Monday, 16 September 2019


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Part 1 of this article, (Insert Link) examines dissolution of marriage generally under Islamic law and then proceeds to examine the some of the various modes of dissolving Islamic marriages.  This article examines the remaining modes of dissolution and custody issues under Islamic law.
All forms of marriages, whether statutory, customary or Islamic places some restrictions on persons that a person can get married to, usually the restriction is based on some kind of blood relationship. So generally, there are laws restricting a person from marrying a person with whom he or she shares a bloodline. This is important to bear in mind in order to appreciate dissolution of marriage through Zihar.

A man can dissolve his marriage through Zihar by comparing his wife to a woman who is unlawful for him to marry such as his mother or his sister. He could do this by comparing any body part of his wife to that of his sister or his mother, or by merely saying to his wife, ‘you are my mother’. Where the man chooses to denounce his statement, he can do so by making reparation known as Kaffarah by doing any of the following in the stated order: set a slave free, fast for two months or feed sixty poor men. If he has no slaves to set free, then he would be required to fast and if for some tangible reason he is unable to fast, then he would be required to feed sixty poor men.

This mode of dissolution is available to only the man.


Talaaq-i-tafweez refers to delegated divorce. In this type of divorce, the husband delegates his power of pronouncing divorce (talaq) to his wife or to any other person.  This right can be delegated to her orally or it can be in writing. This delegation of power to the wife to divorce herself can be given during the marriage ceremony or after the marriage. Once this right is delegated to the woman, it cannot be revoked and it does not affect the husband’s right to divorce his wife.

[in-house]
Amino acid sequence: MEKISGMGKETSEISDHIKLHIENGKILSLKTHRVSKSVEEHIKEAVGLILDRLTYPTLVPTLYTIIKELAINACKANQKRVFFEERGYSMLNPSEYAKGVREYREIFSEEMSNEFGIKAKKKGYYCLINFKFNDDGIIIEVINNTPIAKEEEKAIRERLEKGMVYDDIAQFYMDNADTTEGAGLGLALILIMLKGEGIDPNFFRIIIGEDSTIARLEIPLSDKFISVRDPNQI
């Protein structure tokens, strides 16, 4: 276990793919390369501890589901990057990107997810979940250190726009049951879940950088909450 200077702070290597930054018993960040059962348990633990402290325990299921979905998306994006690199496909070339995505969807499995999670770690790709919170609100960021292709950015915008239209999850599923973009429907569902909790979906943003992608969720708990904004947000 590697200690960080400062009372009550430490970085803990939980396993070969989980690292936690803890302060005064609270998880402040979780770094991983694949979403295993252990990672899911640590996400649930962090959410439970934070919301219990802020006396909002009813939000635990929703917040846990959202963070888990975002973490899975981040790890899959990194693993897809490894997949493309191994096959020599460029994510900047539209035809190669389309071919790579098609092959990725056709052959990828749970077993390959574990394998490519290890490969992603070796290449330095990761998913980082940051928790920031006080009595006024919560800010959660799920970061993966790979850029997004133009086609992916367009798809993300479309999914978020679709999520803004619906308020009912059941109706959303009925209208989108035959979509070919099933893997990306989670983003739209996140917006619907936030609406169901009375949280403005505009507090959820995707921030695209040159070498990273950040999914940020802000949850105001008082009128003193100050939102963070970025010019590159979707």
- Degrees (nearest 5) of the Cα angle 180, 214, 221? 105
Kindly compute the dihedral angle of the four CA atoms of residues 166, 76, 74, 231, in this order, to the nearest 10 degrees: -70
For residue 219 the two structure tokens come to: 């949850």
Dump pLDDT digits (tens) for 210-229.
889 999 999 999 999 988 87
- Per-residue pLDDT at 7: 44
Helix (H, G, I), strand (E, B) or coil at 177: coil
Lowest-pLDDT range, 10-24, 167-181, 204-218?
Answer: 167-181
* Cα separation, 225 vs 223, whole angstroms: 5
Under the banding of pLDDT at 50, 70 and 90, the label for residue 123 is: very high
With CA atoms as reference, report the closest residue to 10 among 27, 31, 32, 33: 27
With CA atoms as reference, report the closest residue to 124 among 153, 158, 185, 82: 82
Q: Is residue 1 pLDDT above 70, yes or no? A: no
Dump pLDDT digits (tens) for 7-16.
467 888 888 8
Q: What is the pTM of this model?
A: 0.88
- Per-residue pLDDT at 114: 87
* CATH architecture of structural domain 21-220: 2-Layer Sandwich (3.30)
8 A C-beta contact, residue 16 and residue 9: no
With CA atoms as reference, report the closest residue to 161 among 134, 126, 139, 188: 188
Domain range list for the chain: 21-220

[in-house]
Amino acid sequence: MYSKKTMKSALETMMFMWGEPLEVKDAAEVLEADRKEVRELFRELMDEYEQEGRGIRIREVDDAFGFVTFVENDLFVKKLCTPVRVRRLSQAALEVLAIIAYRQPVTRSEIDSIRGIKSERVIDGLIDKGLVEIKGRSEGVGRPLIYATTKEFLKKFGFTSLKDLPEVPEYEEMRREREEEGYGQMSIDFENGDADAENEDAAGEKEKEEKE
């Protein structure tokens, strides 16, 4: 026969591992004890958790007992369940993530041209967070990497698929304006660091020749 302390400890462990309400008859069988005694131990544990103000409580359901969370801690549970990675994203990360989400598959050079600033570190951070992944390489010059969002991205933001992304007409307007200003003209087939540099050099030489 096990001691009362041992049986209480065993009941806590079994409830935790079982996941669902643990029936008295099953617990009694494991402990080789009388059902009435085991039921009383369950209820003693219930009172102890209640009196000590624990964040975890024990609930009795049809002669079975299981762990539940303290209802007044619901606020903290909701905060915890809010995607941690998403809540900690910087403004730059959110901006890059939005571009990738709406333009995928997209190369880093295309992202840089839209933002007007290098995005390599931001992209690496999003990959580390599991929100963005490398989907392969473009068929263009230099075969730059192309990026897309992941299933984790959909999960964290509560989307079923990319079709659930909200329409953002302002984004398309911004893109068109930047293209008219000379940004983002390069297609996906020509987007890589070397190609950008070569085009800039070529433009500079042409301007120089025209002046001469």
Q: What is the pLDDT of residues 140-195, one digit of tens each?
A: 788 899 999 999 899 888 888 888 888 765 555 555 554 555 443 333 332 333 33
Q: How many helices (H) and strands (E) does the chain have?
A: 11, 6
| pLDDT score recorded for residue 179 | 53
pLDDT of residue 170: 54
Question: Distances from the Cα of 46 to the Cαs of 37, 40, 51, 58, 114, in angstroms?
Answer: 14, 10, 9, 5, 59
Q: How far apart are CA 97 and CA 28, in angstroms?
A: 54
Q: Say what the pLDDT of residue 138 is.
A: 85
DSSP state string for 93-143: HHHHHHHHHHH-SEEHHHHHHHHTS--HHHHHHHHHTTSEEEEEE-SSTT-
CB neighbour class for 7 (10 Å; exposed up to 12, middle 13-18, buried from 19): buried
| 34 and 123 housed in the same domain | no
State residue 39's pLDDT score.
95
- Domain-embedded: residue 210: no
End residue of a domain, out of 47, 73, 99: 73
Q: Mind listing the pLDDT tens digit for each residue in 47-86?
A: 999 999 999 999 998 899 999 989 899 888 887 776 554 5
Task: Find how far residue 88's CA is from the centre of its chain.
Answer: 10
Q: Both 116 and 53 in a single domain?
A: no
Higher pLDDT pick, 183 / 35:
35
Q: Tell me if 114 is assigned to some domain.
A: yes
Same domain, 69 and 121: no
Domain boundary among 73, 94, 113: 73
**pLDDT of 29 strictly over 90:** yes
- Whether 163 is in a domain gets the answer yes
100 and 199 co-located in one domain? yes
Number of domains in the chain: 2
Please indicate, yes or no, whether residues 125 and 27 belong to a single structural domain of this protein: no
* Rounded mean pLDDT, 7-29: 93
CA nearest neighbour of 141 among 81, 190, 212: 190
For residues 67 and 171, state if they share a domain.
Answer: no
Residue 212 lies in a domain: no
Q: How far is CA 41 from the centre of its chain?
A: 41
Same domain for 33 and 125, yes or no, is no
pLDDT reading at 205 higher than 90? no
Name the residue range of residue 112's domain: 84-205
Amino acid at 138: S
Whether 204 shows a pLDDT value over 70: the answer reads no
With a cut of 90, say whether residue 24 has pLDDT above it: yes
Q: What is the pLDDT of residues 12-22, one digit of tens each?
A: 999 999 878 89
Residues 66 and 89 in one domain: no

When a husband accuses his wife of adultery and cannot prove his allegation of adultery with four witnesses as is required under Islamic law, he would be required to swear four times stating that his accusation is true and then a fifth time invoking the wrath of God upon himself if he is lying. If the wife asserts that his accusation is false, she is required to also swear asserting her innocence and then the fifth oath should be inviting the wrath of God on herself if her husband is telling the truth. When she swears to an oath of innocence, she can be divorced from him on this ground.  
Dissolution of marriage through khul’u can be done in two ways:
The first is when both the husband and the wife reach an agreement between themselves to end their marriage. This is only achievable when the husband and wife mutually agree to end the marriage.  The marriage can also be dissolved through this means if the wife is the person who is desirous of dissolving the marriage and her husband agrees to the dissolution upon certain terms reached by the two of them. This is an extra-judicial means of dissolving the marriage.

The second way that a marriage can be ended through khul’u is when it is only the wife who wants to break free from the marriage and the husband refuses to consent to the dissolution of the marriage, then she might have to apply to a Sharia Court and seek the dissolution of her marriage.

A woman, who chooses to dissolve her marriage through khul’u judicially, is not required to state any reason for the dissolution of the marriage. All that matters is that the woman is discontent with the marriage, such that harmonious co-existence between her and her husband is no longer practicable and they shall transgress the bounds of Allah, then the marriage would be dissolved.

The wife has to refund the bride price paid by the man when he married her, it is in this way that she secures her release from the marriage. The amount to be paid may be fixed by the court or where her husband consents to the dissolution, the amount stated by him.

Islamic Law recognises the woman's right to custody of the children of the marriage; the woman is usually given preference over the man in matters of custody. 

The woman has custody to the children of the marriage provided she has the physical and mental capacity to care for the children. Where for some reason she is incapable of having custody, then custody would be granted to any of her female relatives in order of priority. 

The order of priority for the grant of custody is as follows:
1. The mother of the child;
2. The Child's maternal Grandmother;
3. The child's Maternal Aunt;
4. The child's Paternal Grandmother;
5. The child's father;
6. The child's sister;
7. The child's paternal aunt;
8. The father's maternal Aunt.

A mother has custody of her female child until the child gets married and for the male child until he attains puberty.
The husband is required to maintain his children irrespective of who has custody of them.


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